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Q & A with the director: Hassan Fazili

Hassan Fazili, director of 'Midnight Traveler'

Q: What does it mean to be embarking on this journey and trusting [editor Emelie Coleman Mahdavian] with the footage, your life, the project and your art?

Hassan Fazili: Before we started the film project, [editor Emelie Coleman Mahdavian] and I knew each other already, so we had a trustworthy relationship. She helped us to find a legal way for us to travel, and so through that we established a trustworthy relationship.

Q: How did you balance your responsibilities of a filmmaker and a father?

Hassan Fazili: For me it was indeed very difficult to find the balance between my position as a father and a filmmaker. There were very difficult moments which I had to struggle with. But at the same time, the making of this film gave me and my family a lot of hope.

Q: What do you hope are the next steps for your family?

Hassan Fazili: Our legal status in Germany is unclear at the moment. We don’t know if we are able to stay here for a longer period of time. At the moment, we are not allowed to travel, We are not allowed to do anything abroad.

Q: How were you able to afford the travel at certain points?

Emelie Coleman Mahdavian: I know that this is something that a lot of people are curious about. What I can say is that anything they spent out of pocket for the film was reimbursed for; we made sure they weren’t spending money directly on the film. As far as their life is concerned, there case is still in the German court, and it’s a sensitive information. There are certain things they cannot say in order to keep certain people out of jeopardy.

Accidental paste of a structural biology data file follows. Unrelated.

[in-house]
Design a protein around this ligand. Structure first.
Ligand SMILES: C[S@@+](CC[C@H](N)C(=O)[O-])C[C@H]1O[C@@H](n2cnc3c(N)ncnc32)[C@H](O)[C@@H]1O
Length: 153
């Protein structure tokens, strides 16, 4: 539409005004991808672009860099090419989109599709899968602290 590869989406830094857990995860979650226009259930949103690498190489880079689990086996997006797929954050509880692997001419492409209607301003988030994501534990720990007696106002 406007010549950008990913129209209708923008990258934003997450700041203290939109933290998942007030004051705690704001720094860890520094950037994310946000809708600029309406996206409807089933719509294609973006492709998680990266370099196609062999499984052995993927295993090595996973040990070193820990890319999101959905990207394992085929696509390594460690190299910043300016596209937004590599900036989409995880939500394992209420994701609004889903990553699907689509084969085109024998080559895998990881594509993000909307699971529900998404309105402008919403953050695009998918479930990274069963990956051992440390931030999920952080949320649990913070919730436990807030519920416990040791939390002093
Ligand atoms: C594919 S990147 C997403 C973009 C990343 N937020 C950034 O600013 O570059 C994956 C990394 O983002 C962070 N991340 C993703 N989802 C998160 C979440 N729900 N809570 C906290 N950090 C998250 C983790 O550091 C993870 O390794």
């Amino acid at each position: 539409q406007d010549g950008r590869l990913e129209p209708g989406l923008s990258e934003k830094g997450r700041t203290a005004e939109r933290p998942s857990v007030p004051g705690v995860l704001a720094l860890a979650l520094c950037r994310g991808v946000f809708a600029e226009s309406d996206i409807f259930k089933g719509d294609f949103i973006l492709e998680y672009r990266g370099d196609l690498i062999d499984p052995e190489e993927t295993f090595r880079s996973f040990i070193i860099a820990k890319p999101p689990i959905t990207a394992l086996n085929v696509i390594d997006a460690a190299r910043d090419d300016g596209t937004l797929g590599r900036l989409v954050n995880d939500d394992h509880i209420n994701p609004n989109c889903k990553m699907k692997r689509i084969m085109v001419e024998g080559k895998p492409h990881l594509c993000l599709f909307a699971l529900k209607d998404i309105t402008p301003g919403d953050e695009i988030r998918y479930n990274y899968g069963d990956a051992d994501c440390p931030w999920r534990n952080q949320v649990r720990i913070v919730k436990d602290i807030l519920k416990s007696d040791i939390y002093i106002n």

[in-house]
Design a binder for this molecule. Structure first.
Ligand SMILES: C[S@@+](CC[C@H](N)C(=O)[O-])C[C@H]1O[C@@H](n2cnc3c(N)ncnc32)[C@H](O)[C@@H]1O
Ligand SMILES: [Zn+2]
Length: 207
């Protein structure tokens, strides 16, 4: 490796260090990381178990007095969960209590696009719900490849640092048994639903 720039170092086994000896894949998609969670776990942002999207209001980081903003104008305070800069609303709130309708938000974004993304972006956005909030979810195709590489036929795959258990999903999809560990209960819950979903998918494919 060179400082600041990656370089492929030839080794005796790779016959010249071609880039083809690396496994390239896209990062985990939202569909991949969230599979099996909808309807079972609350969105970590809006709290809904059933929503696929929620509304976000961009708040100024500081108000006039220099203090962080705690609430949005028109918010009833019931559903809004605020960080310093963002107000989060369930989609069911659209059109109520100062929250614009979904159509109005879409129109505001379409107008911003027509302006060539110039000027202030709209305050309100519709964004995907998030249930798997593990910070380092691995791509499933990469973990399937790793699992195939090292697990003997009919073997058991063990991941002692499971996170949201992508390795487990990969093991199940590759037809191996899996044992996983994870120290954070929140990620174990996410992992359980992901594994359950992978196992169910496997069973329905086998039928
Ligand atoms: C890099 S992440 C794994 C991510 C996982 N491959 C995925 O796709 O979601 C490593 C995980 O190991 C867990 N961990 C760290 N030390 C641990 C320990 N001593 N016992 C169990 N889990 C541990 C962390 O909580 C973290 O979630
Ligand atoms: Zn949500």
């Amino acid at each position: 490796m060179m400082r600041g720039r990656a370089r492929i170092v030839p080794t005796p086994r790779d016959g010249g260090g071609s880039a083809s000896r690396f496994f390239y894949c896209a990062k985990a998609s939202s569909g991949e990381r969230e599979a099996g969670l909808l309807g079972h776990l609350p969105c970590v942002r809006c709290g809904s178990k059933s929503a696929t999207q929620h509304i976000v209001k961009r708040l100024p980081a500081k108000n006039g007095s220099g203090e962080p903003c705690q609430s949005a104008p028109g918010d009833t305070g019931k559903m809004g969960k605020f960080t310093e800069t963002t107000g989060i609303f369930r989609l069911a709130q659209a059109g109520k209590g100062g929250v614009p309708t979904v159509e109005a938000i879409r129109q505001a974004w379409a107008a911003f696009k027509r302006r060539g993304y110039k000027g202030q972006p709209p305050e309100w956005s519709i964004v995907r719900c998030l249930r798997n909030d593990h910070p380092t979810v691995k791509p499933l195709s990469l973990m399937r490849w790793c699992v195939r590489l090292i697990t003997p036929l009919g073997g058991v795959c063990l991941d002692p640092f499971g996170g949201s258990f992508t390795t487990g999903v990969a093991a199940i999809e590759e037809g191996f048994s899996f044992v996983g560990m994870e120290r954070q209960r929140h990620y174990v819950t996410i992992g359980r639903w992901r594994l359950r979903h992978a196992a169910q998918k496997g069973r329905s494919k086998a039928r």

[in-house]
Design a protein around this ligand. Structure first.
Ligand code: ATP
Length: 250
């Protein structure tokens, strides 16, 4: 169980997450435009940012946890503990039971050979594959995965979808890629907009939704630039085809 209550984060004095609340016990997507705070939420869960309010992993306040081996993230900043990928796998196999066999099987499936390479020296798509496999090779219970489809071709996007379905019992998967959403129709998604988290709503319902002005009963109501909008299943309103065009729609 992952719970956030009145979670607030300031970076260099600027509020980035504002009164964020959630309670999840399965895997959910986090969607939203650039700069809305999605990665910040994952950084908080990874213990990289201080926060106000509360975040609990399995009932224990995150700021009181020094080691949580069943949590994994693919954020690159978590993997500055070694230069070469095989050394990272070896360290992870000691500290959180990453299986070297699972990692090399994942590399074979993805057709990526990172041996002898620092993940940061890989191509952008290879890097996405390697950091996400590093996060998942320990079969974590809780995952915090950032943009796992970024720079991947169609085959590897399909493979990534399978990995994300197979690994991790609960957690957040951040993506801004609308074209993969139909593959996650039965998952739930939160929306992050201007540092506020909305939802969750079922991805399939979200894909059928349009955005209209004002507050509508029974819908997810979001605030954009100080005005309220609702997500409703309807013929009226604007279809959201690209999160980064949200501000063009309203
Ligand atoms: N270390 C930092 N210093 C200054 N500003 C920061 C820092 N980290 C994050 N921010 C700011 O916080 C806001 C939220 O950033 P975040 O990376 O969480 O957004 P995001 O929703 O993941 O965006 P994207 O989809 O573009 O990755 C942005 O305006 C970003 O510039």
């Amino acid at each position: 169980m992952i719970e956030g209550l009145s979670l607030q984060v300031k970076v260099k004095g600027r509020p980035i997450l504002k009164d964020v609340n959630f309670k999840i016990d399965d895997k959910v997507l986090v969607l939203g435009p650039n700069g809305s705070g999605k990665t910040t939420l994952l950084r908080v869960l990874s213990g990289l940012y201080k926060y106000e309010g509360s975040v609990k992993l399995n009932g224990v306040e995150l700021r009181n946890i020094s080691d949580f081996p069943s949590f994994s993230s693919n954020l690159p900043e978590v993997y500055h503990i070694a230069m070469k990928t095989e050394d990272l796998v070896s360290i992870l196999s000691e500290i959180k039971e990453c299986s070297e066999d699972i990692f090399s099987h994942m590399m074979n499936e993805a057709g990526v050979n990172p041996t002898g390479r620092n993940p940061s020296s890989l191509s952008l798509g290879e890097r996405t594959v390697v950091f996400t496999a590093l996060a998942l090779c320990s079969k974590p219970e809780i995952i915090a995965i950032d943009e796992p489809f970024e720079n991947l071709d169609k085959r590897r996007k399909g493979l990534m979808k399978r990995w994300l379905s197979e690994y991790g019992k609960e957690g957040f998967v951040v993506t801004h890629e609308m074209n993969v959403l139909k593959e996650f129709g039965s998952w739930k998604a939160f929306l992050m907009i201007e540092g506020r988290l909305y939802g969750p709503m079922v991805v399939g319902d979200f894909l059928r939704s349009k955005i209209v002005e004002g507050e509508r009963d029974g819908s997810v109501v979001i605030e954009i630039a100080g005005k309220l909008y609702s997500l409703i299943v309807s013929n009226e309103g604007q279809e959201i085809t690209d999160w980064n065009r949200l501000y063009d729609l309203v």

Q: Were there any parts of what you filmed that are not in the movie that you wished were?

Emelie Coleman Mahdavian: So there’s actually things that he shot that didn’t involve the family that were much more harrowing than what you see in the film. We didn’t include those because they weren’t directly [tied] to the families story, and our goal wasn’t to show the worst, most sensational things we could find about migration. It was to tell one family’s story.

Hassan Fazili: Yes there were such moments. For example when we were in the forest and the batteries to our cameras were out of charge. We wanted to shoot but it was not possible. We couldn’t charge the batteries in the forest. ANd there were also some deeply emotional moments where I had doubts if it was right for me to shoot it or not, so [some] I had not. There were difficult moments.

Q: Do you have family in Afghanistan and are they in any danger?

Hassan Fazili: My family, like my brothers and sisters, they had to move to Iran and are living there. Also my parents. But from Fatima’s side, her parents are still in Afghanistan, but they are in a safe place there. They are not in danger.

Q: Do you continue to film now, maybe for a special feature or a sequel?

Hassan Fazili: Since filmmaking is my occupation, I am currently writing a new project that I hope to be able to realize very soon. Currently I’m not shooting any film, but I’m working on it

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